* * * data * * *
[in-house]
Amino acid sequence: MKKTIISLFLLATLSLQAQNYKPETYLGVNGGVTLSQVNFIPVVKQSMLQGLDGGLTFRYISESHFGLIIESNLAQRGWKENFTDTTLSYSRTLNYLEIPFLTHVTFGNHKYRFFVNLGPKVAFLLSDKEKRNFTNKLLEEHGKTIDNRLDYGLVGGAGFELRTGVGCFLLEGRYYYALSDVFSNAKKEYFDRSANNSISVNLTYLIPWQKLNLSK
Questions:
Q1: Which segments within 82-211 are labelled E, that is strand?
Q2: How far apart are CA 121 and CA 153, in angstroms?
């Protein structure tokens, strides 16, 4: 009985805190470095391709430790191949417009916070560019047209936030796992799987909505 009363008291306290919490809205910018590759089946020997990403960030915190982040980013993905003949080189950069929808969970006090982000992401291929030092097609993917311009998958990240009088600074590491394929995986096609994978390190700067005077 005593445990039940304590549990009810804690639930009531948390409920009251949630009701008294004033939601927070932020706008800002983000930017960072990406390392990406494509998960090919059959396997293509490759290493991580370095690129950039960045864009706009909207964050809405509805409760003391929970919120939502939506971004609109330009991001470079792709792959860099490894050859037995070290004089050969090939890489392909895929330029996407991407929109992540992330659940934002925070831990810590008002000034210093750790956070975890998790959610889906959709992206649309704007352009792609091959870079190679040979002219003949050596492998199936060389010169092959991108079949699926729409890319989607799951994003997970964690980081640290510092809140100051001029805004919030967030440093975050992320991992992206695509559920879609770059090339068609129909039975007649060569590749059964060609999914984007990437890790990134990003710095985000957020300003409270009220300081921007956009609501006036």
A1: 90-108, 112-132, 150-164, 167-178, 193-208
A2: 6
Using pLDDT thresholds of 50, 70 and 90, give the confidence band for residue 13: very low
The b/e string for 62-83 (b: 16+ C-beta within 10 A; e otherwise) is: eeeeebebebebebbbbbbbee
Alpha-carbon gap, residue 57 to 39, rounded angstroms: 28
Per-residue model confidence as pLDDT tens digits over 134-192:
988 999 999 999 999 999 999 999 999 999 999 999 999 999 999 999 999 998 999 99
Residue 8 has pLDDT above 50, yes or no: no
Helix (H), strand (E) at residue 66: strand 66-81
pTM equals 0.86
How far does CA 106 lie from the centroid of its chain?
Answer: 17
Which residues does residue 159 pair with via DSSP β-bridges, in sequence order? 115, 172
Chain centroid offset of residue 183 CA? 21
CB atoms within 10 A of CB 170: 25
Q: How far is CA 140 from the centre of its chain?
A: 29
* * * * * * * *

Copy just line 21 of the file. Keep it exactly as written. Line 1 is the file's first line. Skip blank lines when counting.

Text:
CB atoms within 10 A of CB 170: 25